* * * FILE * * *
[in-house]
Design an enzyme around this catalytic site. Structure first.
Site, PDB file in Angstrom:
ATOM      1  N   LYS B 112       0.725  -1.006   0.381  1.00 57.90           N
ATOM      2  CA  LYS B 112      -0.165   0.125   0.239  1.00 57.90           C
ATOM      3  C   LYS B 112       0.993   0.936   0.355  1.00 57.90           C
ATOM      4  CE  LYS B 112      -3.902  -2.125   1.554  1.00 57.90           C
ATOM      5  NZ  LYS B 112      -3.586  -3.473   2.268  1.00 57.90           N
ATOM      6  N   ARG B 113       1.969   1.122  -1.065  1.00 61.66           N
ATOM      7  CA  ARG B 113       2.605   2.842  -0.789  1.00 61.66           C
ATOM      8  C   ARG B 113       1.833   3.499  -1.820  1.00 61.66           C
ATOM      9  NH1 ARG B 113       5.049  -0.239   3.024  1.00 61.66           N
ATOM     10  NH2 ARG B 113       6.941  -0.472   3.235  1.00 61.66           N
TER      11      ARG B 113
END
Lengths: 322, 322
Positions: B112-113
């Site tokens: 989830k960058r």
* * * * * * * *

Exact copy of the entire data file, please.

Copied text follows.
[in-house]
Design an enzyme around this catalytic site. Structure first.
Site, PDB file in Angstrom:
ATOM      1  N   LYS B 112       0.725  -1.006   0.381  1.00 57.90           N
ATOM      2  CA  LYS B 112      -0.165   0.125   0.239  1.00 57.90           C
ATOM      3  C   LYS B 112       0.993   0.936   0.355  1.00 57.90           C
ATOM      4  CE  LYS B 112      -3.902  -2.125   1.554  1.00 57.90           C
ATOM      5  NZ  LYS B 112      -3.586  -3.473   2.268  1.00 57.90           N
ATOM      6  N   ARG B 113       1.969   1.122  -1.065  1.00 61.66           N
ATOM      7  CA  ARG B 113       2.605   2.842  -0.789  1.00 61.66           C
ATOM      8  C   ARG B 113       1.833   3.499  -1.820  1.00 61.66           C
ATOM      9  NH1 ARG B 113       5.049  -0.239   3.024  1.00 61.66           N
ATOM     10  NH2 ARG B 113       6.941  -0.472   3.235  1.00 61.66           N
TER      11      ARG B 113
END
Lengths: 322, 322
Positions: B112-113
């Site tokens: 989830k960058r």